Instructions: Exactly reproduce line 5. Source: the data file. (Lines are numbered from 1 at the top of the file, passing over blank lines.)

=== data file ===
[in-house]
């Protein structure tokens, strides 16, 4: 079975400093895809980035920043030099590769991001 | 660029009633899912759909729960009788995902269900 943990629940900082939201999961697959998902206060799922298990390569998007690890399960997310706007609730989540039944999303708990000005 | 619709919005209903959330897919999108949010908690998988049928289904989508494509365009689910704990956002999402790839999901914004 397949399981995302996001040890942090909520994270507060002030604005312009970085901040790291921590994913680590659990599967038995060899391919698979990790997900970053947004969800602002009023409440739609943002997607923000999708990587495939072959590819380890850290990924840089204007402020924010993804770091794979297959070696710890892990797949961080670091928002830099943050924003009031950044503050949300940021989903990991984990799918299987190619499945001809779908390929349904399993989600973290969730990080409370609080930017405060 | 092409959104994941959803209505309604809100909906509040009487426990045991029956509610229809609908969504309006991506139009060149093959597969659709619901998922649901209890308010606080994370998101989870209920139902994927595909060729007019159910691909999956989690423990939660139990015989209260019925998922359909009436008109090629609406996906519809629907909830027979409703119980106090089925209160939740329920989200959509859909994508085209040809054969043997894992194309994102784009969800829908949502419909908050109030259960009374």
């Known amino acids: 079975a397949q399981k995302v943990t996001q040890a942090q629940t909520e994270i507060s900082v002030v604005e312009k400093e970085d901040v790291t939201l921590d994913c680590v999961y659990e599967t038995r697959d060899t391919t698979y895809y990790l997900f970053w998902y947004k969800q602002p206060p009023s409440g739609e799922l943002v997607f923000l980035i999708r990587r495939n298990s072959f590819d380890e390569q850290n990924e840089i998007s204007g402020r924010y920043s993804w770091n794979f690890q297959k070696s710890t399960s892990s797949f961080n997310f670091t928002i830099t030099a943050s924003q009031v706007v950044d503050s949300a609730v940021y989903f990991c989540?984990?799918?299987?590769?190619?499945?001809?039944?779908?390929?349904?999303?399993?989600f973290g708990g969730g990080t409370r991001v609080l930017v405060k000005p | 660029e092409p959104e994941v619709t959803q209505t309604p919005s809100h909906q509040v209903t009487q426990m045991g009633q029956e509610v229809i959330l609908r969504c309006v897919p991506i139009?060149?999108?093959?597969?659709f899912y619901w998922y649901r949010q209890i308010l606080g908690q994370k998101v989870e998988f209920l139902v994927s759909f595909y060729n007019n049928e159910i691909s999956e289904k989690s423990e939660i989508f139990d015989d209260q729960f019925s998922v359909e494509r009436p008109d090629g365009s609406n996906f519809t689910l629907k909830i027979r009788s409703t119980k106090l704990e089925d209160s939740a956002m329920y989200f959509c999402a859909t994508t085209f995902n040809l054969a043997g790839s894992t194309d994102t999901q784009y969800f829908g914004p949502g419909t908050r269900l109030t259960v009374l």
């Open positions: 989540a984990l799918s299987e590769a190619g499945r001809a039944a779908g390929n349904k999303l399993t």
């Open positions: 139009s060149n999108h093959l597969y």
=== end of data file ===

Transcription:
């Open positions: 139009s060149n999108h093959l597969y």